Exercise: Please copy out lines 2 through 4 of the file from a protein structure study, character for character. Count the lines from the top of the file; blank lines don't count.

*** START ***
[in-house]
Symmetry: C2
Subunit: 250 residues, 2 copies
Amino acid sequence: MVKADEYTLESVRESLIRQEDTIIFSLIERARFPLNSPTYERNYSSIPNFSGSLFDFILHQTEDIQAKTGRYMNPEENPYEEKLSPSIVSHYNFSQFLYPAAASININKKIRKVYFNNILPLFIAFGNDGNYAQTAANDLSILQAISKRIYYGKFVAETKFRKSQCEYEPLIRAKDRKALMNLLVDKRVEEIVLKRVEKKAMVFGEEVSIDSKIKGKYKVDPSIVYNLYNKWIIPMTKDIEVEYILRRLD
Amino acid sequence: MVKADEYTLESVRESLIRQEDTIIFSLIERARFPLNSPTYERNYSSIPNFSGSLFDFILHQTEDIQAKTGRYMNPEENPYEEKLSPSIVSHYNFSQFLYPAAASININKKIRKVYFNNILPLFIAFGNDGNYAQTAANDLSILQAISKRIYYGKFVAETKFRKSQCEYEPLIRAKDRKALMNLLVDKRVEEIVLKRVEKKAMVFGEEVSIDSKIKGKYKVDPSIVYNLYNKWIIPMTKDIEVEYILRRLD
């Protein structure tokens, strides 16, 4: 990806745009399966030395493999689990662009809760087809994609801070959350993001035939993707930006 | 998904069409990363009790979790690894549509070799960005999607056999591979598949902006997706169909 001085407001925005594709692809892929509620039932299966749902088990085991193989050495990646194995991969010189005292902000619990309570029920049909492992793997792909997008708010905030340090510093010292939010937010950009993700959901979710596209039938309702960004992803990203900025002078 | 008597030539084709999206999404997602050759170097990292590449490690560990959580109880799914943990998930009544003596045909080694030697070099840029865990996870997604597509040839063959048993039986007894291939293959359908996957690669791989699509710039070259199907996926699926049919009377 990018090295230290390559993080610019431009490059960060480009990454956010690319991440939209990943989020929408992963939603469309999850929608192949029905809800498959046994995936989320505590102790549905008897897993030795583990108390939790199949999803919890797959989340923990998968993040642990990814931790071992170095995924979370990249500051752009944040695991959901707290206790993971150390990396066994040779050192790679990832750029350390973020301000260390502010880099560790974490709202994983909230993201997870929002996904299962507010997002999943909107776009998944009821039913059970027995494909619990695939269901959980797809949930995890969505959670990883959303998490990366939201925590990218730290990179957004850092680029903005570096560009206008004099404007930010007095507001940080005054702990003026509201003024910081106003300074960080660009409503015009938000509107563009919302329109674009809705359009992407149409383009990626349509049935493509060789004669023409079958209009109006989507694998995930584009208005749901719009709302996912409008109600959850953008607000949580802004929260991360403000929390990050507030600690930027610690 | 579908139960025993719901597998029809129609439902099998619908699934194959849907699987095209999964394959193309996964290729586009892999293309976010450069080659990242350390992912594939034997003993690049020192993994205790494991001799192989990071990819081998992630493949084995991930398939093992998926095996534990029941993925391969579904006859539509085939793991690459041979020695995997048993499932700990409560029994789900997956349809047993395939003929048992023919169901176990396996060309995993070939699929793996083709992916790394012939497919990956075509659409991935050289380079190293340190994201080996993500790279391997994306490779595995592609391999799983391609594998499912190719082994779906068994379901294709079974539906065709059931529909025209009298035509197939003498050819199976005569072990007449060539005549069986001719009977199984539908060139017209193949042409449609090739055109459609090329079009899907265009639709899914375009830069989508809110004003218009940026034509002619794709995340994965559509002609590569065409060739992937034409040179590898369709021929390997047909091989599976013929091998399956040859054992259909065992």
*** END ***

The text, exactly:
Symmetry: C2
Subunit: 250 residues, 2 copies
Amino acid sequence: MVKADEYTLESVRESLIRQEDTIIFSLIERARFPLNSPTYERNYSSIPNFSGSLFDFILHQTEDIQAKTGRYMNPEENPYEEKLSPSIVSHYNFSQFLYPAAASININKKIRKVYFNNILPLFIAFGNDGNYAQTAANDLSILQAISKRIYYGKFVAETKFRKSQCEYEPLIRAKDRKALMNLLVDKRVEEIVLKRVEKKAMVFGEEVSIDSKIKGKYKVDPSIVYNLYNKWIIPMTKDIEVEYILRRLD